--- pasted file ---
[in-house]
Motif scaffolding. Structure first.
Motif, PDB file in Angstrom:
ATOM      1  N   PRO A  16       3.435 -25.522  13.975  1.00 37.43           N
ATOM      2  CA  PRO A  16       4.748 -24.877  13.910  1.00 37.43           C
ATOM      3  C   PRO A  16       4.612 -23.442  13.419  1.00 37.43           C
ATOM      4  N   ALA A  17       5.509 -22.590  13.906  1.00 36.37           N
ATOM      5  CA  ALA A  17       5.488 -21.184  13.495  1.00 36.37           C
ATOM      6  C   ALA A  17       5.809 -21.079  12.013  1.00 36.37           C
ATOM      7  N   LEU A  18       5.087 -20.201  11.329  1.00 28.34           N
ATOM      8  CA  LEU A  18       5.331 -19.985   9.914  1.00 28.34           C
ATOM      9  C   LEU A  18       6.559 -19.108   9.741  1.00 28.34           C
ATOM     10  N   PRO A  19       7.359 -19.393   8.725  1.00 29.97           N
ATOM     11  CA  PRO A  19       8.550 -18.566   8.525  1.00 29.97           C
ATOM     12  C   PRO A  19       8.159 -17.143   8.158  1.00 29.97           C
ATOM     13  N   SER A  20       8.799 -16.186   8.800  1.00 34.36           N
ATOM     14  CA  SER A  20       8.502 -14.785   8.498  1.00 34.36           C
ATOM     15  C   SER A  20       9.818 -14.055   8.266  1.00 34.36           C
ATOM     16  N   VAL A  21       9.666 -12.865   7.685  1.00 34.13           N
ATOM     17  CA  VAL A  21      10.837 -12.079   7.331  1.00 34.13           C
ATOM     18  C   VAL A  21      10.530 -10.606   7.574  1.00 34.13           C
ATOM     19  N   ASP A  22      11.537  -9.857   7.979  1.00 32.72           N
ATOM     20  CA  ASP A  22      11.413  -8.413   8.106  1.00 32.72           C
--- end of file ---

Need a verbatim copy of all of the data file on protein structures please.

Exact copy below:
[in-house]
Motif scaffolding. Structure first.
Motif, PDB file in Angstrom:
ATOM      1  N   PRO A  16       3.435 -25.522  13.975  1.00 37.43           N
ATOM      2  CA  PRO A  16       4.748 -24.877  13.910  1.00 37.43           C
ATOM      3  C   PRO A  16       4.612 -23.442  13.419  1.00 37.43           C
ATOM      4  N   ALA A  17       5.509 -22.590  13.906  1.00 36.37           N
ATOM      5  CA  ALA A  17       5.488 -21.184  13.495  1.00 36.37           C
ATOM      6  C   ALA A  17       5.809 -21.079  12.013  1.00 36.37           C
ATOM      7  N   LEU A  18       5.087 -20.201  11.329  1.00 28.34           N
ATOM      8  CA  LEU A  18       5.331 -19.985   9.914  1.00 28.34           C
ATOM      9  C   LEU A  18       6.559 -19.108   9.741  1.00 28.34           C
ATOM     10  N   PRO A  19       7.359 -19.393   8.725  1.00 29.97           N
ATOM     11  CA  PRO A  19       8.550 -18.566   8.525  1.00 29.97           C
ATOM     12  C   PRO A  19       8.159 -17.143   8.158  1.00 29.97           C
ATOM     13  N   SER A  20       8.799 -16.186   8.800  1.00 34.36           N
ATOM     14  CA  SER A  20       8.502 -14.785   8.498  1.00 34.36           C
ATOM     15  C   SER A  20       9.818 -14.055   8.266  1.00 34.36           C
ATOM     16  N   VAL A  21       9.666 -12.865   7.685  1.00 34.13           N
ATOM     17  CA  VAL A  21      10.837 -12.079   7.331  1.00 34.13           C
ATOM     18  C   VAL A  21      10.530 -10.606   7.574  1.00 34.13           C
ATOM     19  N   ASP A  22      11.537  -9.857   7.979  1.00 32.72           N
ATOM     20  CA  ASP A  22      11.413  -8.413   8.106  1.00 32.72           C